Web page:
Selected publications:

Childress, L.K. (2018). The twenty-first century university: Developing faculty engagement in internationalization (2nd ed.). New York: Peter Lang.

Childress, L. K. (2017). The role of academic departments in promoting faculty engagement in internationalisation. Internationalisation of Higher Education, 1, 15-34.

Childress, L. K. (2012). The faculty role in internationalizing the curriculum: Findings from a cross-case study. In D. K. Deardorff, H. de Wit, & T. Adams (Eds.), The Sage handbook of international higher education (pp. 257-259). Thousand Oaks, CA: Sage.

Childress, L. K. (2010). Interdisciplinarity: A catalyst for faculty engagement win internationalizationJournal of Global Initiatives: Policy, Pedagogy, Perspective4(1), Article 5.

Childress, L. K. (2009). Internationalization plans for higher education institutions. Journal of studies in international education13(3), 289-309.

Childress, L. K. (2009). Planning for internationalization by investing in faculty. Journal of International & Global Studies1(1), 30-49.

Stellenbosch U Job Ad: Global Partnerships & Internationalisation (S Africa)

Job adsManager of Global Partnerships and Internationalisation Support, Stellenbosch University, South Africa. Deadline: 9 November 2018.

  • Develops and implements policy and strategy for the internationalisation of Stellenbosch University (SU) and the core activities: research, learning and teaching and social impact;

  • Develops sustainable significant bilateral and multi-lateral alliances, partnerships and collaboration in support of academic projects;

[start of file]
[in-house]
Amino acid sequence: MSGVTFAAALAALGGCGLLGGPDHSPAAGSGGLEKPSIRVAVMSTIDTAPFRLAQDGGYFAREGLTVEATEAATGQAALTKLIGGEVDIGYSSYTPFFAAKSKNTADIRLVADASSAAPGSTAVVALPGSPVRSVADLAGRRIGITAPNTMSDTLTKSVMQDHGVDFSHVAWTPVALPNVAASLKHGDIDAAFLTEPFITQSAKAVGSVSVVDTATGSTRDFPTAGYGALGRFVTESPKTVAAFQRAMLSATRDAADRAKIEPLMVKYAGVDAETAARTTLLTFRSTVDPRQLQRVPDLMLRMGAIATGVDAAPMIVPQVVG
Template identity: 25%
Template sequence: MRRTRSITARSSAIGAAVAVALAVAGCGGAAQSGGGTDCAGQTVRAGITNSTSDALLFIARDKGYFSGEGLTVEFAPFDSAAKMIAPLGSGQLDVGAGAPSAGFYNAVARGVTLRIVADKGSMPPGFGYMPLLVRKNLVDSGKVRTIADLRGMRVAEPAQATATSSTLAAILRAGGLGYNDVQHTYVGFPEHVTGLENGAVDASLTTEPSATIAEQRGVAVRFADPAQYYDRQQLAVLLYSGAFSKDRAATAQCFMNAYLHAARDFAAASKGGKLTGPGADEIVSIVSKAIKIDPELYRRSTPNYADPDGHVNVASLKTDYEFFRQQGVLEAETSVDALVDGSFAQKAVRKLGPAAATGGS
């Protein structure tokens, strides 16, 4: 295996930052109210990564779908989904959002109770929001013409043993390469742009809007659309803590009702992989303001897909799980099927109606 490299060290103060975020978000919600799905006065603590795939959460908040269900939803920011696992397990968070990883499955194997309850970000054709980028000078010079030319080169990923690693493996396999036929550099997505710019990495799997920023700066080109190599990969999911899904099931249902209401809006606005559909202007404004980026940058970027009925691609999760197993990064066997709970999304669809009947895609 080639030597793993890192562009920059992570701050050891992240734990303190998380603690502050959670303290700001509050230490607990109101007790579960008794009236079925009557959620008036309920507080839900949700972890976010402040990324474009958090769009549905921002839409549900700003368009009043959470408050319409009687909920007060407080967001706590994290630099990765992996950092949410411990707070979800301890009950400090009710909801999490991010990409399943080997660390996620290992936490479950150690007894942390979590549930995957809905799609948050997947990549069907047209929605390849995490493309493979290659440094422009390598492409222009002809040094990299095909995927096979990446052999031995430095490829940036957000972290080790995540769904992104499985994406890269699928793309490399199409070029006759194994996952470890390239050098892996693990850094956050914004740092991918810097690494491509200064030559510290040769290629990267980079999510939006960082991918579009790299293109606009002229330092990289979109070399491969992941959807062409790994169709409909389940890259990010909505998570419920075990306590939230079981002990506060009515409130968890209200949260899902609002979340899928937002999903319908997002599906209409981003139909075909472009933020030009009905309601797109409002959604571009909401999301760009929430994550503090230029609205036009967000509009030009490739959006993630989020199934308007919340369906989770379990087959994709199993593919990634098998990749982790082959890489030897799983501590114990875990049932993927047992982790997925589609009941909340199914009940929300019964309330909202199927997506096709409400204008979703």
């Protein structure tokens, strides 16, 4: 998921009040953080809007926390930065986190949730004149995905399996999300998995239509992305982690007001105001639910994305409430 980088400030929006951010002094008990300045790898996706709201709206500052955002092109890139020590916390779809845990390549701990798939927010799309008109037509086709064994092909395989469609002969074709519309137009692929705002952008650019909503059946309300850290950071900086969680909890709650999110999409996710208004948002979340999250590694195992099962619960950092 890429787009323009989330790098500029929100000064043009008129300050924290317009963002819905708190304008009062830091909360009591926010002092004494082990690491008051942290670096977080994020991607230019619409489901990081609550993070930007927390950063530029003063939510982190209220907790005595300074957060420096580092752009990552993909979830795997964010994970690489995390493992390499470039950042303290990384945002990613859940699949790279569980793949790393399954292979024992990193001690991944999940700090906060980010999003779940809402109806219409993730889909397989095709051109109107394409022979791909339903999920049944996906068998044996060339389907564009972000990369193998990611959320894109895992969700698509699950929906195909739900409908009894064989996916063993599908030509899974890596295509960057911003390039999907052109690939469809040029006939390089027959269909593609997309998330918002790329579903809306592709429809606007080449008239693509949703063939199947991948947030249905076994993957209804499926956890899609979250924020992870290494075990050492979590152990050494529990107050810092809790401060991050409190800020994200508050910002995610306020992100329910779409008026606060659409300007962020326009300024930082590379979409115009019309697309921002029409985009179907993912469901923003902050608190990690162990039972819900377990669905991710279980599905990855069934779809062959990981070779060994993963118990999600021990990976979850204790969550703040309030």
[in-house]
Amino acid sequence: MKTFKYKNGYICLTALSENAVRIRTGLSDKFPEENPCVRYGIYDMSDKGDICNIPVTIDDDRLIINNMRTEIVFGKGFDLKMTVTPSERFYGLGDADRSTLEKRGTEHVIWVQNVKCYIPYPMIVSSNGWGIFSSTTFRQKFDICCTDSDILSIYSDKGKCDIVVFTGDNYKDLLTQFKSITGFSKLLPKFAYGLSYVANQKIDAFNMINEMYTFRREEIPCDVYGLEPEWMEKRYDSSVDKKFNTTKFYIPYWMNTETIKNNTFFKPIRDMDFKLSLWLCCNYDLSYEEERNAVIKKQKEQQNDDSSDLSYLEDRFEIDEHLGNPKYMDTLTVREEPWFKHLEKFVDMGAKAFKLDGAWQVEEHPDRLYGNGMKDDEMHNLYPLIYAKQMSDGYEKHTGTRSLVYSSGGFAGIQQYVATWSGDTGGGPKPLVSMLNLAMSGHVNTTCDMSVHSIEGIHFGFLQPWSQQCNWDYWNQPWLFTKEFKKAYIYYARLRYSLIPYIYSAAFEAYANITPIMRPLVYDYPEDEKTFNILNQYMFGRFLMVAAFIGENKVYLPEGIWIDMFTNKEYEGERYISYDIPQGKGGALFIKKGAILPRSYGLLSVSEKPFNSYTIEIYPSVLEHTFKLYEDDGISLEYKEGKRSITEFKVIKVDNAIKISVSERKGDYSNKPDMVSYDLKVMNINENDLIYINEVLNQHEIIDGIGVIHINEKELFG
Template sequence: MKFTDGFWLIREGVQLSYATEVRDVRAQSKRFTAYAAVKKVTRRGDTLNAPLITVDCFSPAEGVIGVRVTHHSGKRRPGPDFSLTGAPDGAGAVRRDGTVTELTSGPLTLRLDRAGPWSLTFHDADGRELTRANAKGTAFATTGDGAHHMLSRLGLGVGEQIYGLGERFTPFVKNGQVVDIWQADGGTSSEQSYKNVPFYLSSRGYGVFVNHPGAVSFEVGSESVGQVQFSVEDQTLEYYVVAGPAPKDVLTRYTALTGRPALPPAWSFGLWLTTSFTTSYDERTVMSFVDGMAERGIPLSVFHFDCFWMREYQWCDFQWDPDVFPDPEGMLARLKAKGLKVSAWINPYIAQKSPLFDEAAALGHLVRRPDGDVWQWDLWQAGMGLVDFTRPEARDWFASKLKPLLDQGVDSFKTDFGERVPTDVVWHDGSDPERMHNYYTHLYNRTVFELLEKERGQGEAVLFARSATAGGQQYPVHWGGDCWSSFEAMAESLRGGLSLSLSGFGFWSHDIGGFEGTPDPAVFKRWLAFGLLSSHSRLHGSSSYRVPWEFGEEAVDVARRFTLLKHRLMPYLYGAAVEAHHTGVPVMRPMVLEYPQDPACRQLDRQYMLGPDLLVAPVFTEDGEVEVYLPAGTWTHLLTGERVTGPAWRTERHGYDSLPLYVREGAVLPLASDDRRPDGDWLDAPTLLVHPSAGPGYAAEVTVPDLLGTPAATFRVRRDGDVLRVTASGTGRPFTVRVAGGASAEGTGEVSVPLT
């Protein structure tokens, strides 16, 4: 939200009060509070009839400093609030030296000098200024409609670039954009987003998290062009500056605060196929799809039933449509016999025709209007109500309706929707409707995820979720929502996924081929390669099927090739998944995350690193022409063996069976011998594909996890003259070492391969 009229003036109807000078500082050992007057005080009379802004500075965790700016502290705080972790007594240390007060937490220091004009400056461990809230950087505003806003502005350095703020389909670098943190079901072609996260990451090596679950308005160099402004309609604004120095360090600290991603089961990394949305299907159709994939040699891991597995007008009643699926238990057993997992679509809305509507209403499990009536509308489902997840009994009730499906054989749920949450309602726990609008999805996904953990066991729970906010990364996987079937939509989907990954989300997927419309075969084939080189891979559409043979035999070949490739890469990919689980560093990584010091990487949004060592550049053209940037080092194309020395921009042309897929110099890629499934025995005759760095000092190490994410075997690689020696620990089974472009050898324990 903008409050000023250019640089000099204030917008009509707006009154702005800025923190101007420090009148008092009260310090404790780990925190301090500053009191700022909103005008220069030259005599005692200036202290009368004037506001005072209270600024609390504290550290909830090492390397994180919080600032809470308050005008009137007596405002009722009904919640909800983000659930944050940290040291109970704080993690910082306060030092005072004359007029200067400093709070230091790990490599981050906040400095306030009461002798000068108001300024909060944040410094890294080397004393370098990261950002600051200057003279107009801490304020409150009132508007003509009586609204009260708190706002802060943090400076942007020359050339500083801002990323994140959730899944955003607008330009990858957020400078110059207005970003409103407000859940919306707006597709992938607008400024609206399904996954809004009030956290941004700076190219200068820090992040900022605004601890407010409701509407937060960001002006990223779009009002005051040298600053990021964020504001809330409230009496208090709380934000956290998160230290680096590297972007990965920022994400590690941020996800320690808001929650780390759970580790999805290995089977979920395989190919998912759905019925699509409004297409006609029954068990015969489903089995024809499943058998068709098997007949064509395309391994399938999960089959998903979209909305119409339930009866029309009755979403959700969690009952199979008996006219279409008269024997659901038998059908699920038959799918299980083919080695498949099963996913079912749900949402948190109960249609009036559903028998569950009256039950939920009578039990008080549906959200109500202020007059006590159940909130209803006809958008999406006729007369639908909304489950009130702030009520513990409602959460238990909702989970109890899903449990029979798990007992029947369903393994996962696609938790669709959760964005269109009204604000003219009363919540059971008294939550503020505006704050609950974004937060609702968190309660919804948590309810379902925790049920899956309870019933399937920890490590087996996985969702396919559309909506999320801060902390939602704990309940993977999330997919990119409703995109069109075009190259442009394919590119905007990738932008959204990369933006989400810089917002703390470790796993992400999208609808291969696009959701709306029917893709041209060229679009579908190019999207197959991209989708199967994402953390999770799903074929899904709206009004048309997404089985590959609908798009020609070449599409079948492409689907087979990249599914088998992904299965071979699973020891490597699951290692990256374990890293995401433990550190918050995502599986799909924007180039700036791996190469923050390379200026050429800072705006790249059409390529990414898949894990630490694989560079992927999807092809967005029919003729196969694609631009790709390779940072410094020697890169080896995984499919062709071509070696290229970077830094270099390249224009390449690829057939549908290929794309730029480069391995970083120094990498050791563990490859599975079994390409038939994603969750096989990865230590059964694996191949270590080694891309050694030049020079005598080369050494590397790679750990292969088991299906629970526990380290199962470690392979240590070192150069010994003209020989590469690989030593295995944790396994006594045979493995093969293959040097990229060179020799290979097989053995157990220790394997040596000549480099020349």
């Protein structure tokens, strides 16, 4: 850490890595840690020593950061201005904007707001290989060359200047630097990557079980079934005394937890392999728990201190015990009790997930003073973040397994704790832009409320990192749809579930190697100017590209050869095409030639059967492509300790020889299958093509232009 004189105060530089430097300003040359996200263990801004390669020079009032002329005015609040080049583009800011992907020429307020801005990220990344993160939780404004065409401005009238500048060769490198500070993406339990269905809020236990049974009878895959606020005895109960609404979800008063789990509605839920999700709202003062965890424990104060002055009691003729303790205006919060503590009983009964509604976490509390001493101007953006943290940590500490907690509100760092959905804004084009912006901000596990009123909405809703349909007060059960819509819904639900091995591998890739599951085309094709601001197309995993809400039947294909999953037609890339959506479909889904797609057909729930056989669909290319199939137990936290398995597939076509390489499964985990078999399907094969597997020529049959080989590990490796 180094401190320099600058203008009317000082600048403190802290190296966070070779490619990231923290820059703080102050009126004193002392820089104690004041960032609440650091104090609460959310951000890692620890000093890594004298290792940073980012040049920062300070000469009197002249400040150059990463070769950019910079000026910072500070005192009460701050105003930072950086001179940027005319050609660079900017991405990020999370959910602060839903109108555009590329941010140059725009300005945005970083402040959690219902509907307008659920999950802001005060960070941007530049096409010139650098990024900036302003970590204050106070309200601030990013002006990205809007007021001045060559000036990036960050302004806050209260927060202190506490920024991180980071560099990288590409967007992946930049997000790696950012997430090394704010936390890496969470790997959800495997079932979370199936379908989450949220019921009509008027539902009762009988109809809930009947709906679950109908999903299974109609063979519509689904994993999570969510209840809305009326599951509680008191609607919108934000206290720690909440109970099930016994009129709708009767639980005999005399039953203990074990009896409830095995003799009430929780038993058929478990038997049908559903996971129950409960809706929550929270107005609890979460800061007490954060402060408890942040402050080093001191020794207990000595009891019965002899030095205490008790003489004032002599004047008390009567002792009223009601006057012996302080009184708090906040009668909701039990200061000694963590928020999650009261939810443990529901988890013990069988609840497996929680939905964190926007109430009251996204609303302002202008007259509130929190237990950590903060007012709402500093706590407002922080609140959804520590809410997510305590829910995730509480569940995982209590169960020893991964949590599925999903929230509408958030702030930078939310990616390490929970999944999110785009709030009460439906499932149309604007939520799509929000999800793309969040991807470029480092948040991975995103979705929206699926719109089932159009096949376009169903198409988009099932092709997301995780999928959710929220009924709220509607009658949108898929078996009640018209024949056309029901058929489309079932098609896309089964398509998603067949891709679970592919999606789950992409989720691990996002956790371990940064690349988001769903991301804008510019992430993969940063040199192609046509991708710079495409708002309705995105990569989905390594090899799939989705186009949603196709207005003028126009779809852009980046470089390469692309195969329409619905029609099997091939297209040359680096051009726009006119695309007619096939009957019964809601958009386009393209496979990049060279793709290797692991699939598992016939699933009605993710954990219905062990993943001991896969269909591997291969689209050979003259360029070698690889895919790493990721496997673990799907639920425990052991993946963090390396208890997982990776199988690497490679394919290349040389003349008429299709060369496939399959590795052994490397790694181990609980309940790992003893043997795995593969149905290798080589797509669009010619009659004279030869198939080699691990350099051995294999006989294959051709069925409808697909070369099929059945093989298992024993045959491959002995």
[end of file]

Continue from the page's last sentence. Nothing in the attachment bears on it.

• Creates a dedicated support service platform to promote SU’s global engagement activities on campus, in the local community, within the region and continent and beyond;

  • Facilitates the development of scholarship in Africa in collaboration with other centers at SU International.

Internationalizing the Communication Discipline

Resources in ICD“ width=After several years of task forces on internationalizing communication, and a special issue of Spectra entitled The Communication Discipline Goes Global, the National Communication Association has now produced a brochure entitled Internationalizing the Communication Discipline. It likely will be useful primarily for those already convinced of the need, who want help in convincing colleagues and administrators.

A related prior resource available on the NCA website is a set of pages describing internationalization, which I prepared for them in 2011. All of the photos provided then have been removed or replaced, and the content has been revised to include specific recommendations from the 2013 task force on internationalization, on which I served. Here’s the introduction, explaining the topic, goals, and audience: